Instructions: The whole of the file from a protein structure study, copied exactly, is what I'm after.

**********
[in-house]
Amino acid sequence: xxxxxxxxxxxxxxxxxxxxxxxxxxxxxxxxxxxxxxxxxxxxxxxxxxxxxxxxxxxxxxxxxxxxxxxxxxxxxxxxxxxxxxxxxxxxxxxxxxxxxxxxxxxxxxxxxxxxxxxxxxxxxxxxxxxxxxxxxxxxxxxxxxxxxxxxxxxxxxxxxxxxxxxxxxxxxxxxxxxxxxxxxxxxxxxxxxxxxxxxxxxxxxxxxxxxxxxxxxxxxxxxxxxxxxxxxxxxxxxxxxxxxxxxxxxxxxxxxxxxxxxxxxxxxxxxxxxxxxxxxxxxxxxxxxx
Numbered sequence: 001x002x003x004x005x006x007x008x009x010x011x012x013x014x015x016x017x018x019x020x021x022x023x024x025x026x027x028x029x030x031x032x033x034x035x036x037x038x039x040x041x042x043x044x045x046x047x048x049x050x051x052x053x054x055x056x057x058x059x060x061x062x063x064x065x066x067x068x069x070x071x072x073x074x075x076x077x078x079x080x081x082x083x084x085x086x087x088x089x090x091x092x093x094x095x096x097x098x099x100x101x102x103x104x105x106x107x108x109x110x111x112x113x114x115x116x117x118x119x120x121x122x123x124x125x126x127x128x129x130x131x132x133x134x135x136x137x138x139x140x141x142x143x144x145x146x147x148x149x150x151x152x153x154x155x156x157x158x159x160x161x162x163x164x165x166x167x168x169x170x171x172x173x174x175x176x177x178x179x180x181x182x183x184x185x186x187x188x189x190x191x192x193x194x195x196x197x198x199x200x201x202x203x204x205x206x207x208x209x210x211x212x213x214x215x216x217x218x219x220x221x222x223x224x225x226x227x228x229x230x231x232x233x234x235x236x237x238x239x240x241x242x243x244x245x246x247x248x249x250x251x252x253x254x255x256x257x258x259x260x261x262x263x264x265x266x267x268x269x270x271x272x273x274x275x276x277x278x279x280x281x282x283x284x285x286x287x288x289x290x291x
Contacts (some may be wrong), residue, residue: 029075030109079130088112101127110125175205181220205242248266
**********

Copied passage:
[in-house]
Amino acid sequence: xxxxxxxxxxxxxxxxxxxxxxxxxxxxxxxxxxxxxxxxxxxxxxxxxxxxxxxxxxxxxxxxxxxxxxxxxxxxxxxxxxxxxxxxxxxxxxxxxxxxxxxxxxxxxxxxxxxxxxxxxxxxxxxxxxxxxxxxxxxxxxxxxxxxxxxxxxxxxxxxxxxxxxxxxxxxxxxxxxxxxxxxxxxxxxxxxxxxxxxxxxxxxxxxxxxxxxxxxxxxxxxxxxxxxxxxxxxxxxxxxxxxxxxxxxxxxxxxxxxxxxxxxxxxxxxxxxxxxxxxxxxxxxxxxxx
Numbered sequence: 001x002x003x004x005x006x007x008x009x010x011x012x013x014x015x016x017x018x019x020x021x022x023x024x025x026x027x028x029x030x031x032x033x034x035x036x037x038x039x040x041x042x043x044x045x046x047x048x049x050x051x052x053x054x055x056x057x058x059x060x061x062x063x064x065x066x067x068x069x070x071x072x073x074x075x076x077x078x079x080x081x082x083x084x085x086x087x088x089x090x091x092x093x094x095x096x097x098x099x100x101x102x103x104x105x106x107x108x109x110x111x112x113x114x115x116x117x118x119x120x121x122x123x124x125x126x127x128x129x130x131x132x133x134x135x136x137x138x139x140x141x142x143x144x145x146x147x148x149x150x151x152x153x154x155x156x157x158x159x160x161x162x163x164x165x166x167x168x169x170x171x172x173x174x175x176x177x178x179x180x181x182x183x184x185x186x187x188x189x190x191x192x193x194x195x196x197x198x199x200x201x202x203x204x205x206x207x208x209x210x211x212x213x214x215x216x217x218x219x220x221x222x223x224x225x226x227x228x229x230x231x232x233x234x235x236x237x238x239x240x241x242x243x244x245x246x247x248x249x250x251x252x253x254x255x256x257x258x259x260x261x262x263x264x265x266x267x268x269x270x271x272x273x274x275x276x277x278x279x280x281x282x283x284x285x286x287x288x289x290x291x
Contacts (some may be wrong), residue, residue: 029075030109079130088112101127110125175205181220205242248266